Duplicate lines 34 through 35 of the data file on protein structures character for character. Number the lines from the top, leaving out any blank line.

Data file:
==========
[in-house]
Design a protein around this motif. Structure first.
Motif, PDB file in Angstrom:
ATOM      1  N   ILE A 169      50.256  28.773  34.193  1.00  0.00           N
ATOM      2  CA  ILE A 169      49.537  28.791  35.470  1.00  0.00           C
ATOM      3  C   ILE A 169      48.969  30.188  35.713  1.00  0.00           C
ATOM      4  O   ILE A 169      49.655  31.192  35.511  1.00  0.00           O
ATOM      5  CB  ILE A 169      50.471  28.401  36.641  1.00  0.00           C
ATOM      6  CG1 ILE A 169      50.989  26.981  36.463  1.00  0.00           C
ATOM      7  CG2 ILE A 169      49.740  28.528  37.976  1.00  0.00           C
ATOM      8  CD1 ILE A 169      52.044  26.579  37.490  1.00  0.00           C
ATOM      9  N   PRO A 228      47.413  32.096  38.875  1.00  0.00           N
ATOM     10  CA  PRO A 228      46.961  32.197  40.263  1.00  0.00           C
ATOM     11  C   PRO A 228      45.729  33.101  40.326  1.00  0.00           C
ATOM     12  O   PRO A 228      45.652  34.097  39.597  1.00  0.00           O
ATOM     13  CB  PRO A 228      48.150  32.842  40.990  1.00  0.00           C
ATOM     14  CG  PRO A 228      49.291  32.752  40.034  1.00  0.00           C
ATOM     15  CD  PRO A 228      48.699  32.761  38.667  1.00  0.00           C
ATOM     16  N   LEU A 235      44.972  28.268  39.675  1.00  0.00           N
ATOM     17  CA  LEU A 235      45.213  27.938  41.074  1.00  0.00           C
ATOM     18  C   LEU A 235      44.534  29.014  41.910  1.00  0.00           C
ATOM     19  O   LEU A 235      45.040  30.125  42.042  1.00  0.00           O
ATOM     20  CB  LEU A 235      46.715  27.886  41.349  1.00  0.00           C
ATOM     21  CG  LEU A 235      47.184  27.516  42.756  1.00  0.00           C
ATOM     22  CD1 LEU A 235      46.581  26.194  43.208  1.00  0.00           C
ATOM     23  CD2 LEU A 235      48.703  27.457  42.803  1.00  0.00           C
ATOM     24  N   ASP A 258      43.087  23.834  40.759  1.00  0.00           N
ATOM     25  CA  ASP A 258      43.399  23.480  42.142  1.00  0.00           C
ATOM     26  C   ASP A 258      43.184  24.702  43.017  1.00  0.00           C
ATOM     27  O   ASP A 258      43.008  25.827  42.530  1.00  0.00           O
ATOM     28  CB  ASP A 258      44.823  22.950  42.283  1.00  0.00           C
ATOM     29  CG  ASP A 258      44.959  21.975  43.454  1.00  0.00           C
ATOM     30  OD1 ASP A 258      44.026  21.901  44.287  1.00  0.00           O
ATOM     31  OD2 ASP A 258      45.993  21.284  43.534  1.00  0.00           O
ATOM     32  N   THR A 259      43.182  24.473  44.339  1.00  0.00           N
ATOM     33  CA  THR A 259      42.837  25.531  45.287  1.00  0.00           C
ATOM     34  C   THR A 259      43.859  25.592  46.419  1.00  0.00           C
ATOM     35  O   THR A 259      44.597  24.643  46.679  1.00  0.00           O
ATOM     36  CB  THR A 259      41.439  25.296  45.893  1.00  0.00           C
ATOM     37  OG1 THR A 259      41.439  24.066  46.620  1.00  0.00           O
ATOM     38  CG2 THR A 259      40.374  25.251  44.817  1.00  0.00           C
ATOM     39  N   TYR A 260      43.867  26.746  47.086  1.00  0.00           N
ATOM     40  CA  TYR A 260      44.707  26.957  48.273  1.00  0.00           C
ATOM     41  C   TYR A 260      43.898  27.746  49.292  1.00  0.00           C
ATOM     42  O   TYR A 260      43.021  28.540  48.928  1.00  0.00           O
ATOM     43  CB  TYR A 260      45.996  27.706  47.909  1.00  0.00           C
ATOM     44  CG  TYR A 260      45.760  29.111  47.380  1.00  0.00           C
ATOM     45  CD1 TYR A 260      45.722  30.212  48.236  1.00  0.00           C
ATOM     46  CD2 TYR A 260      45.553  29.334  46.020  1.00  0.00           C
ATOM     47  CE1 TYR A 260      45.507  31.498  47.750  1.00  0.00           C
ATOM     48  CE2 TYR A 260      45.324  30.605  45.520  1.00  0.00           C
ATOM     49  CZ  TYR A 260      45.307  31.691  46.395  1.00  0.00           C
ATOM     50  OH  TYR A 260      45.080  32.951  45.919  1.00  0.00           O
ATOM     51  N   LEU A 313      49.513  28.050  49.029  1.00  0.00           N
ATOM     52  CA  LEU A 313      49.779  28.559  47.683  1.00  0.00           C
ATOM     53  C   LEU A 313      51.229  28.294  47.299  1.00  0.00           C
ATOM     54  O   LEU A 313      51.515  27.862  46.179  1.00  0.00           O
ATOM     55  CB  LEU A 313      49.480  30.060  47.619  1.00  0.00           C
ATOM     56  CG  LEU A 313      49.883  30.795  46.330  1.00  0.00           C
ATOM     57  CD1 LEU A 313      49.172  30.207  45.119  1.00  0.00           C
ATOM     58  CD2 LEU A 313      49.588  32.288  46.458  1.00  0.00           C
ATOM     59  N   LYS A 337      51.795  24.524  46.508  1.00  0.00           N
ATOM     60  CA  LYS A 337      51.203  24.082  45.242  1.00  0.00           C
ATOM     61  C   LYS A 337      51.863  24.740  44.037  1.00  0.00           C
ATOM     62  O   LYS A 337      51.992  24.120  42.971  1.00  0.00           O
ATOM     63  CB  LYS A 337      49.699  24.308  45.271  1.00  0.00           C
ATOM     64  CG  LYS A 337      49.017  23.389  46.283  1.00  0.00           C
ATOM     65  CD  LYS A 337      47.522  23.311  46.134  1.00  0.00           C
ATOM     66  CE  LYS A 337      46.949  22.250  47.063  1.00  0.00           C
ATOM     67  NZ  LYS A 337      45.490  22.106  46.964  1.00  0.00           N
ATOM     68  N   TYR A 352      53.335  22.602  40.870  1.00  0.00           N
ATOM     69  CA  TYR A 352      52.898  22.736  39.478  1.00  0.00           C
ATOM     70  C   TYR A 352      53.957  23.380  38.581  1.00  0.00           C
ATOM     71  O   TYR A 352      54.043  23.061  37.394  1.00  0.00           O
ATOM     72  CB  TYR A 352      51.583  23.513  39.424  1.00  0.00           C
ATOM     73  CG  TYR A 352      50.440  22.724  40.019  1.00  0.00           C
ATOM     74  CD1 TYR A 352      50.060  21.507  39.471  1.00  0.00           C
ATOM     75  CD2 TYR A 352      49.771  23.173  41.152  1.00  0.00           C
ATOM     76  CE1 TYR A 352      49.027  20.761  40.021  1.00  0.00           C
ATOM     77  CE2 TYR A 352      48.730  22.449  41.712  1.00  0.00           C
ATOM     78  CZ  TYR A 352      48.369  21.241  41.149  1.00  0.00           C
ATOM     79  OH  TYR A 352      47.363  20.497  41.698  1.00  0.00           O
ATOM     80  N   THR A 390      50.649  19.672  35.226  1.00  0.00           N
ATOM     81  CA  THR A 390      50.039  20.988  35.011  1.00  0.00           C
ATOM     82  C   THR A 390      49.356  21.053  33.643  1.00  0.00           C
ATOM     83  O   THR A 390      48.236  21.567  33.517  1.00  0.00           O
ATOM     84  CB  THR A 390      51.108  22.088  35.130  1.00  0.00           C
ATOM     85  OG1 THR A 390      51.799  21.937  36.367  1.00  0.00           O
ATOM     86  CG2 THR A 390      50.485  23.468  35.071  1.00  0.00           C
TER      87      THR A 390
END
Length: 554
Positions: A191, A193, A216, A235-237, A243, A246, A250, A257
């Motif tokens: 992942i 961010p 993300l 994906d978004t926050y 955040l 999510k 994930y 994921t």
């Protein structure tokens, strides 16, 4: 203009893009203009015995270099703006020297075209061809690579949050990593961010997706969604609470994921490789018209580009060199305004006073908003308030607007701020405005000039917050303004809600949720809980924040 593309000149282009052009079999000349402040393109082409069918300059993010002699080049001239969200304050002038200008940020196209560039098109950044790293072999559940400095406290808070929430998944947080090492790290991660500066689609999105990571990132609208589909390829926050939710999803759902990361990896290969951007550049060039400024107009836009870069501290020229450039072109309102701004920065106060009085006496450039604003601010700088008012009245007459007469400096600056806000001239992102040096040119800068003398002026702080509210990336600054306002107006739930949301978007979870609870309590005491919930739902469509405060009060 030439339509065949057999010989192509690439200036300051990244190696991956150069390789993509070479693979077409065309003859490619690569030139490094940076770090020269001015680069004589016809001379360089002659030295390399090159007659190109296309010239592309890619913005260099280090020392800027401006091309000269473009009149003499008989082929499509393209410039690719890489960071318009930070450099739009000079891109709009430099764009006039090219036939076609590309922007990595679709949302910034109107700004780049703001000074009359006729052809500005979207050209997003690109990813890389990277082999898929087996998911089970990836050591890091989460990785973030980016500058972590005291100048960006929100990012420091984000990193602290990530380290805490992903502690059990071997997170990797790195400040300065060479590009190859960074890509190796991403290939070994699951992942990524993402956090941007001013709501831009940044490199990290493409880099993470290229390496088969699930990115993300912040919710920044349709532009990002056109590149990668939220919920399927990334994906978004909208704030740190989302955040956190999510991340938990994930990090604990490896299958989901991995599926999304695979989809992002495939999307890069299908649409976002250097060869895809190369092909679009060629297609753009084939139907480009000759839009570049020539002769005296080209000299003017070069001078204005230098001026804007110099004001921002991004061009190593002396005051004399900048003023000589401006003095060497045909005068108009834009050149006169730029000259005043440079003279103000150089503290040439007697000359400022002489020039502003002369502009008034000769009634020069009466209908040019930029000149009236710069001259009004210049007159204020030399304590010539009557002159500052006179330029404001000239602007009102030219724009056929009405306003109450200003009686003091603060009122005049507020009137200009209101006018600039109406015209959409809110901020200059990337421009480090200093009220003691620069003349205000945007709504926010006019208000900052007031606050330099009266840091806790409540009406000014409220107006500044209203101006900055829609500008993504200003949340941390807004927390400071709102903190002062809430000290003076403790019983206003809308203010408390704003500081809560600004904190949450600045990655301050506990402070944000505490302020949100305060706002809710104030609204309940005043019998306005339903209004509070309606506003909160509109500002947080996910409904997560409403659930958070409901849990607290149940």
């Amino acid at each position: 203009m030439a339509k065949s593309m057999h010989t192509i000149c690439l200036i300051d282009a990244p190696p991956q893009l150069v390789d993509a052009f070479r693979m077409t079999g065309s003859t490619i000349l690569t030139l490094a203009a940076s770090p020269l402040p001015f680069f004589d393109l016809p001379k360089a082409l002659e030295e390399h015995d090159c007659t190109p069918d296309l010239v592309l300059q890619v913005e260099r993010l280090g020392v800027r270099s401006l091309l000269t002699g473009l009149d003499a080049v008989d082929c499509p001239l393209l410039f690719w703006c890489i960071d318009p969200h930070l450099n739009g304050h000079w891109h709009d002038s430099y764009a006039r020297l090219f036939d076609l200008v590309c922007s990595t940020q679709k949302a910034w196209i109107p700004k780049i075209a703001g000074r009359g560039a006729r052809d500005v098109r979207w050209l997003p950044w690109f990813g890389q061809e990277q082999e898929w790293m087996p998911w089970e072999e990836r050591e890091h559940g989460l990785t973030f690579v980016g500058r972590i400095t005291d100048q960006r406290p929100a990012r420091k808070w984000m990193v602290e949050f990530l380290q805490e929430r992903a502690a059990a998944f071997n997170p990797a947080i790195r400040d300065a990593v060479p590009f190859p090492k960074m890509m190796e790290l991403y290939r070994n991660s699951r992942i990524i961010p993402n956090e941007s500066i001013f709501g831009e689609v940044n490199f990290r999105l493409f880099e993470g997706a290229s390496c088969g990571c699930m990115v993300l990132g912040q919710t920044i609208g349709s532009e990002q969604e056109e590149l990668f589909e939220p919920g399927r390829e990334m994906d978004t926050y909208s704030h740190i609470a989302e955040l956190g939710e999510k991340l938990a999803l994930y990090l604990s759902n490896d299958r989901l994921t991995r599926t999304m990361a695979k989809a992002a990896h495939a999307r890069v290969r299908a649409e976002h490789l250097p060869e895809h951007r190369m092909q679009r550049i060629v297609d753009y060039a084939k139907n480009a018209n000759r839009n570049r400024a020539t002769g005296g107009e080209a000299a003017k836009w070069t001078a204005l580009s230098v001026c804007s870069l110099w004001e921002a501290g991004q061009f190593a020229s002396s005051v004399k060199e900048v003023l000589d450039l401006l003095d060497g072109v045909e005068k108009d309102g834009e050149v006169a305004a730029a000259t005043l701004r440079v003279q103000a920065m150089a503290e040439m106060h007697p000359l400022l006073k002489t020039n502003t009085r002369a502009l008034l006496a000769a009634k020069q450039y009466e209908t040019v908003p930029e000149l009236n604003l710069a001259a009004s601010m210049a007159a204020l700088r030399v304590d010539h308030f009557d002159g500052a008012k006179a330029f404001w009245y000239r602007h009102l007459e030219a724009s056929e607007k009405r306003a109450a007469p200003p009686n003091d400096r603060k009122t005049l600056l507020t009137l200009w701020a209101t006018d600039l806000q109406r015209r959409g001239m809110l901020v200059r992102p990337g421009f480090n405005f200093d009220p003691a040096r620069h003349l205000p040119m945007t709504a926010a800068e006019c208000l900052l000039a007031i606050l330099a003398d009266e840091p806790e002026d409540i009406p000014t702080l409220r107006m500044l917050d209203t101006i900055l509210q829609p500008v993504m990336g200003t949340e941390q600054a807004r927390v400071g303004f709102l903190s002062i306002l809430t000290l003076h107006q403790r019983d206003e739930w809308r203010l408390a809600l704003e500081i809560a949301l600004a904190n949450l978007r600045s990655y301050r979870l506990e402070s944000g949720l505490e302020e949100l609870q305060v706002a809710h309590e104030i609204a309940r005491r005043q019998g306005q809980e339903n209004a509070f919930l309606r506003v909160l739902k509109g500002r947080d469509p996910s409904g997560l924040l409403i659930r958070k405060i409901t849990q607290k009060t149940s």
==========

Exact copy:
ATOM     31  OD2 ASP A 258      45.993  21.284  43.534  1.00  0.00           O
ATOM     32  N   THR A 259      43.182  24.473  44.339  1.00  0.00           N